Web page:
When there are multiple bids, and the price of the property is bidding up over the asking price, the amount of downpayment is sometimes the reason why your offer is not accepted.
Let’s say a property is put on the market at $275,000 and the highest offer is $315,000. There is an offer of $310,000 with 50% down and an offer of $315,000 with zero down. Usually the seller’s agent will advise the seller not to take the $315,000 offer, because she does not expect the property to appraise. While one can buy a house with zero down, that does not mean that the seller is willing to take the risks associated with a zero down buyer.
It is the seller’s agent’s job to know not only what they can get in the open market for a property, but also what obstacles might get in the way of the sale closing. These days, when an agent lists a property at $275,000, it is likely a price higher than the last few sales in the area and a price that will appraise, with some effort. When it bids up over that amount, the seller’s agent must be ready for what will happen if and when it does not appraise. Often that means that zero down buyers will not get the house, if there are other offers with larger downpayments, even if the other offers are for less money. A common result will be that the seller will counter the 20% down buyer with the highest price offered, regardless of escalator clause considerations.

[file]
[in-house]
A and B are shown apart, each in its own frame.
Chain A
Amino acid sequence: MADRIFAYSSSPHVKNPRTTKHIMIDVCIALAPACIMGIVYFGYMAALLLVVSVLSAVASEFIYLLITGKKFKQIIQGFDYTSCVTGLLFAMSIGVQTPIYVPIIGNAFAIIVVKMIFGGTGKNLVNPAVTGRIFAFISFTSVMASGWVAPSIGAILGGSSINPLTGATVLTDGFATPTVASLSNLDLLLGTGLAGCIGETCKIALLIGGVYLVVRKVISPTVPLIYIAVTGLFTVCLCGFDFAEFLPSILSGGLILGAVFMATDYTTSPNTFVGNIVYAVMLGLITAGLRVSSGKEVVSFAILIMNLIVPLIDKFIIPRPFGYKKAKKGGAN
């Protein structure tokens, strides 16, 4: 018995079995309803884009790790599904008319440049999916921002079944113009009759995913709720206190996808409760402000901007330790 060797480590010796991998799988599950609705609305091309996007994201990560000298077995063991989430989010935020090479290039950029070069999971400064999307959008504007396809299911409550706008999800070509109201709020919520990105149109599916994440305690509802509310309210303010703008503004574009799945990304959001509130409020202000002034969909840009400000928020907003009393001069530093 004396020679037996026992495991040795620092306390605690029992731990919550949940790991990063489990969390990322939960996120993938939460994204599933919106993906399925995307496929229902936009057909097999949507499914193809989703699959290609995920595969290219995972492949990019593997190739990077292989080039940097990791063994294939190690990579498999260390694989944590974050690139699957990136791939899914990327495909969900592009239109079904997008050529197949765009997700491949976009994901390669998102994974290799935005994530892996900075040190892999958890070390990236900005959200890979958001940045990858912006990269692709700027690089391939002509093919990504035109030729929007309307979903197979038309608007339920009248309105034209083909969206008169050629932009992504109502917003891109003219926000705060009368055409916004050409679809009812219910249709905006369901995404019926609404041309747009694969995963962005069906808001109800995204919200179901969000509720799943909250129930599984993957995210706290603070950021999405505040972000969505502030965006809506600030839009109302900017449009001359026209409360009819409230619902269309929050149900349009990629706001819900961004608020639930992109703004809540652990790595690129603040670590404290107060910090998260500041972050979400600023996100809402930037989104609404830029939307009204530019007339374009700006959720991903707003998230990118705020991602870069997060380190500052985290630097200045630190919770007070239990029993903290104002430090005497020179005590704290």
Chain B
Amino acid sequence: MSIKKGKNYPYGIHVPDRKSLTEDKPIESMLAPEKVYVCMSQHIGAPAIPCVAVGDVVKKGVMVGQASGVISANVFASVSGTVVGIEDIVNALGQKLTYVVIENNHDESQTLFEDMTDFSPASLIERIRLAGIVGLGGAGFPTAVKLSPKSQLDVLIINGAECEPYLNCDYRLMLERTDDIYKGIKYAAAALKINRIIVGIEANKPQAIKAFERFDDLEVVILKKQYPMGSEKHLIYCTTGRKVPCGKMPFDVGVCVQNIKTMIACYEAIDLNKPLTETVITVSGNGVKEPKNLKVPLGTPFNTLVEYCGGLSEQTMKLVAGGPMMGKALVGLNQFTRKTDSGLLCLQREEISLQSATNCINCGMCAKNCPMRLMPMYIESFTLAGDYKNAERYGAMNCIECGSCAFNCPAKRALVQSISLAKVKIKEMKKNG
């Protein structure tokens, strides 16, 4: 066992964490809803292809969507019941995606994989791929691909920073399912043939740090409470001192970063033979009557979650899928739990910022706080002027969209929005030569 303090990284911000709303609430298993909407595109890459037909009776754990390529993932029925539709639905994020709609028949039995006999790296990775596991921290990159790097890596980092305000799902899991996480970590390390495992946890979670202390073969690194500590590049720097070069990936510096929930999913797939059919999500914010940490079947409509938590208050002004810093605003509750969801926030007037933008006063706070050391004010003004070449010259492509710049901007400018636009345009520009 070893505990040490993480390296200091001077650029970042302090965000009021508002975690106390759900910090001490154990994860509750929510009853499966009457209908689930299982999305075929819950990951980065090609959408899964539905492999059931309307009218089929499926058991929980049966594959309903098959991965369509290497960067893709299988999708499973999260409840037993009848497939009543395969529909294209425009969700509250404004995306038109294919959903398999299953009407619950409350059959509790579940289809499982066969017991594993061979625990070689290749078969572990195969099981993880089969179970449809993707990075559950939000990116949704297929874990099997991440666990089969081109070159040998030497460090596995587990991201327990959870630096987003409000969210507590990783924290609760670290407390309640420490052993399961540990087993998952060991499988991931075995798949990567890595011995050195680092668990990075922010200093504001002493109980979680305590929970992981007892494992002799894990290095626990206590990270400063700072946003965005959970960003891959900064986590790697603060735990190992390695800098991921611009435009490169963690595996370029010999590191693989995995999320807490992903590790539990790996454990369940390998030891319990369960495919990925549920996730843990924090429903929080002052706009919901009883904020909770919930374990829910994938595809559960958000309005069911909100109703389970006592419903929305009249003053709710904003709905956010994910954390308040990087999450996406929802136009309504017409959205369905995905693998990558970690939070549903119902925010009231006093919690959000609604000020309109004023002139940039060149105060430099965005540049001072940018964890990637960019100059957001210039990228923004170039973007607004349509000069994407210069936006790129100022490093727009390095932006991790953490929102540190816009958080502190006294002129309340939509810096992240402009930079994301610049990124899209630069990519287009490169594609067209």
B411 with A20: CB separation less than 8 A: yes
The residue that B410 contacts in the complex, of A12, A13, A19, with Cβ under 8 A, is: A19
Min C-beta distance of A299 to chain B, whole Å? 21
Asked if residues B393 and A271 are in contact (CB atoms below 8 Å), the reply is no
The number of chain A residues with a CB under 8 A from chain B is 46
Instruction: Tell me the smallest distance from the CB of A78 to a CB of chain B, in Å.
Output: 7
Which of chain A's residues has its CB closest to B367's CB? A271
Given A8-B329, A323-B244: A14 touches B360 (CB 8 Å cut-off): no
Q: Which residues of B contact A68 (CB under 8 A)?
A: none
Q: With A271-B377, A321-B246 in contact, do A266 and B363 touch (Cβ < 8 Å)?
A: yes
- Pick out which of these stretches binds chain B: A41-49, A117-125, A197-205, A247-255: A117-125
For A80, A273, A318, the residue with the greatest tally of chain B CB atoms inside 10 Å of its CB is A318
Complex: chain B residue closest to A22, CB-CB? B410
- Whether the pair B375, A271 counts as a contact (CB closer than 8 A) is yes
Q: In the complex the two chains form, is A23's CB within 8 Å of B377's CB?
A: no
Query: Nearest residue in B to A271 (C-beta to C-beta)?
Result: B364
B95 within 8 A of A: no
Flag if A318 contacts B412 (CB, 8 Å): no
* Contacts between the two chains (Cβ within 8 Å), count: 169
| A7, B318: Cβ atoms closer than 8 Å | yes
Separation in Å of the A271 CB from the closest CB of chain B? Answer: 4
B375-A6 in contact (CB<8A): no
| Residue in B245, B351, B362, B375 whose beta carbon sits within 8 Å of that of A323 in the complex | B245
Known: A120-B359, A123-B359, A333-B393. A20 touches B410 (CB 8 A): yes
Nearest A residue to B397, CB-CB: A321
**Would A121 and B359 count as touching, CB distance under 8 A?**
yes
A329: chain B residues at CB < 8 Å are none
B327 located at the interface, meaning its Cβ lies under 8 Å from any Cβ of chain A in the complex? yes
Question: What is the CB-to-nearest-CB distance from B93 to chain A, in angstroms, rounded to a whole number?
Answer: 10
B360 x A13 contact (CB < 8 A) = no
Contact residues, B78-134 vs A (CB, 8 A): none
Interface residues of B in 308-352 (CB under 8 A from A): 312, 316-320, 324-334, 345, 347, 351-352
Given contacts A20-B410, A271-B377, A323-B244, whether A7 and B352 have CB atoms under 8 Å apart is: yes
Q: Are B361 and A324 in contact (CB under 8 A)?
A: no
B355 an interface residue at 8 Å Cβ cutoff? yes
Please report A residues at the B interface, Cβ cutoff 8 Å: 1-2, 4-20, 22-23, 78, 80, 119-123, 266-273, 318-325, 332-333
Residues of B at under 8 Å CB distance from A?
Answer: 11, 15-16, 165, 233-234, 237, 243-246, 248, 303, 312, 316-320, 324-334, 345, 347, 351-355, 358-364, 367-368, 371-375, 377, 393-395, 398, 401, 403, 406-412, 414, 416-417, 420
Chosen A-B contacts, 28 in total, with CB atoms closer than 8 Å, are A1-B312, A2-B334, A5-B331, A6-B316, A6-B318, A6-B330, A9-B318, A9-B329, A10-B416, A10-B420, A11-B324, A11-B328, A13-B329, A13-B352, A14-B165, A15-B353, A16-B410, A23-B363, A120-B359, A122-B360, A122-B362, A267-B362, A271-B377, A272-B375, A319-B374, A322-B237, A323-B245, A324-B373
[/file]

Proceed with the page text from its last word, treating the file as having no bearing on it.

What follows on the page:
This points back to my post noting that the appraisal is done for the lender. If the property appraises at $300,000 and the sale price is $315,000, the lender does not participate in the shortage. If it is a zero down loan and the buyer has no cash, the buyer will need the seller to reduce the price down to $300,000 for the transaction to close. The lender will only give the buyer 100% of the appraised value, without regard to the agreed upon sale price. If the buyer is a cash buyer, often there is no appraisal at all, since the appraisal is ordered by the lender.
This issue has come up in the last two offers I have presented. In fact, I lost a client who did not get the property because another offer at 20% down trumped her zero down offer. When she asked me to be more aggressive in getting her offer accepted, I explained that the seller’s agent made it clear that the 20% down buyer was going to get the property because they had 20% down and the agent knew the property would not appraise. There was just no way to get the seller to accept a zero down offer, with the costs included in the price, no matter what I did.
Buying your first property with zero down and the seller paying the closings costs is clearly possible, and is done every day. But often the zero down buyer, with no cash to pay their own closing costs, is excluded from purchasing the most popular house in the most popular neighborhood that has multiple offers.
Offering the highest price is of no consequence to the seller, if you can’t close.